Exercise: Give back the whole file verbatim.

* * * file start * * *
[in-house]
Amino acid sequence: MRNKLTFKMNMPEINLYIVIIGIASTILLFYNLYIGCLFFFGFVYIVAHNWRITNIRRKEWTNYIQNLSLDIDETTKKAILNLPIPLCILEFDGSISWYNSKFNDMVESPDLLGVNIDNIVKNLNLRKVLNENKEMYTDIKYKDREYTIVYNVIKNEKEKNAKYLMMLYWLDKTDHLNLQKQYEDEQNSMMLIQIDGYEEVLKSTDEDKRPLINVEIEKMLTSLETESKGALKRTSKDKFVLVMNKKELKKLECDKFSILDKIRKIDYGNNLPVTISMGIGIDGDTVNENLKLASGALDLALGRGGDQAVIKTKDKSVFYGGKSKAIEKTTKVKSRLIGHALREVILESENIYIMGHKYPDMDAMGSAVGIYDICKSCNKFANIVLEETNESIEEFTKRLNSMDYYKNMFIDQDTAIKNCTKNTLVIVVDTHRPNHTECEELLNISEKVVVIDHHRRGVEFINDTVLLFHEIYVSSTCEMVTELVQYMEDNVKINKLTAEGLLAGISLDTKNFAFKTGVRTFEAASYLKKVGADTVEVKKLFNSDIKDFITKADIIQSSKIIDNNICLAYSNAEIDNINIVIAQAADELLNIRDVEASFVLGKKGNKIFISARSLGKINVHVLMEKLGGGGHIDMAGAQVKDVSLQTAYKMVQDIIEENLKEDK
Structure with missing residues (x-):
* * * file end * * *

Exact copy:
[in-house]
Amino acid sequence: MRNKLTFKMNMPEINLYIVIIGIASTILLFYNLYIGCLFFFGFVYIVAHNWRITNIRRKEWTNYIQNLSLDIDETTKKAILNLPIPLCILEFDGSISWYNSKFNDMVESPDLLGVNIDNIVKNLNLRKVLNENKEMYTDIKYKDREYTIVYNVIKNEKEKNAKYLMMLYWLDKTDHLNLQKQYEDEQNSMMLIQIDGYEEVLKSTDEDKRPLINVEIEKMLTSLETESKGALKRTSKDKFVLVMNKKELKKLECDKFSILDKIRKIDYGNNLPVTISMGIGIDGDTVNENLKLASGALDLALGRGGDQAVIKTKDKSVFYGGKSKAIEKTTKVKSRLIGHALREVILESENIYIMGHKYPDMDAMGSAVGIYDICKSCNKFANIVLEETNESIEEFTKRLNSMDYYKNMFIDQDTAIKNCTKNTLVIVVDTHRPNHTECEELLNISEKVVVIDHHRRGVEFINDTVLLFHEIYVSSTCEMVTELVQYMEDNVKINKLTAEGLLAGISLDTKNFAFKTGVRTFEAASYLKKVGADTVEVKKLFNSDIKDFITKADIIQSSKIIDNNICLAYSNAEIDNINIVIAQAADELLNIRDVEASFVLGKKGNKIFISARSLGKINVHVLMEKLGGGGHIDMAGAQVKDVSLQTAYKMVQDIIEENLKEDK
Structure with missing residues (x-):